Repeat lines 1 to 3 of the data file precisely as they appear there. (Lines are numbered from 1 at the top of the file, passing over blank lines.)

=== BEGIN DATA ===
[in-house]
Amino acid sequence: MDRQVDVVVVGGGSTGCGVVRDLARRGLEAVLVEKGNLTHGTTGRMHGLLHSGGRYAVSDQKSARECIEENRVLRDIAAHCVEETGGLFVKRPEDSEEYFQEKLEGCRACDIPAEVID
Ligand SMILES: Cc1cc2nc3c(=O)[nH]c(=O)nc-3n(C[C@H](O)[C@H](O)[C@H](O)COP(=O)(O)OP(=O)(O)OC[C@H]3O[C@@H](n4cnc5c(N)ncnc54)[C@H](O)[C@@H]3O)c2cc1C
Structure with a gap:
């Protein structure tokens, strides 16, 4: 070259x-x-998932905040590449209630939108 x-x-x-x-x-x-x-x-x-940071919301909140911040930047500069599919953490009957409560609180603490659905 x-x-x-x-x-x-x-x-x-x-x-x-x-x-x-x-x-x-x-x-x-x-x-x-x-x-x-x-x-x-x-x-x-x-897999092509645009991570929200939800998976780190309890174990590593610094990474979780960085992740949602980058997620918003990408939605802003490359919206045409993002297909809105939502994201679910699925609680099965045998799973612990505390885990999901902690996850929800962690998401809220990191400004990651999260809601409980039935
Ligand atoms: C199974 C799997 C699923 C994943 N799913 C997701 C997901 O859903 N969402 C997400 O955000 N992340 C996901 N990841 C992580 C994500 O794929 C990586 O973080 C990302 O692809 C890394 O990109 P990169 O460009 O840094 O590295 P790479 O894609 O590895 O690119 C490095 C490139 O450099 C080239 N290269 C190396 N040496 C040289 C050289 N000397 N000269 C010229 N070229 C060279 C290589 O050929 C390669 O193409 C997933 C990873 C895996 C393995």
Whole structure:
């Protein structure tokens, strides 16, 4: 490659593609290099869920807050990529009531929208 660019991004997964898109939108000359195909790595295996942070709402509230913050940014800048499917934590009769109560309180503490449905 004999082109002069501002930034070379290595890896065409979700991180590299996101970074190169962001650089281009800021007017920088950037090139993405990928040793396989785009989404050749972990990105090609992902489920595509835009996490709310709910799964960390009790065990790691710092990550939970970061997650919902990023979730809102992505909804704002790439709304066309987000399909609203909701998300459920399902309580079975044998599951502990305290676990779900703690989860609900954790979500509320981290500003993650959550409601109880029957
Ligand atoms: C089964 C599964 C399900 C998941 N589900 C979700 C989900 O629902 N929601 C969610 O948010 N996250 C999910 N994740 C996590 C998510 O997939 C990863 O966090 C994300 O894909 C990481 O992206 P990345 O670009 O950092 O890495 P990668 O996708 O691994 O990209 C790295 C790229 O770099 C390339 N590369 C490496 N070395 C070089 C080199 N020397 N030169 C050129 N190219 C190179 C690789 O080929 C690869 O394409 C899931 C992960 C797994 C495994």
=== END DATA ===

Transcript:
[in-house]
Amino acid sequence: MDRQVDVVVVGGGSTGCGVVRDLARRGLEAVLVEKGNLTHGTTGRMHGLLHSGGRYAVSDQKSARECIEENRVLRDIAAHCVEETGGLFVKRPEDSEEYFQEKLEGCRACDIPAEVID
Ligand SMILES: Cc1cc2nc3c(=O)[nH]c(=O)nc-3n(C[C@H](O)[C@H](O)[C@H](O)COP(=O)(O)OP(=O)(O)OC[C@H]3O[C@@H](n4cnc5c(N)ncnc54)[C@H](O)[C@@H]3O)c2cc1C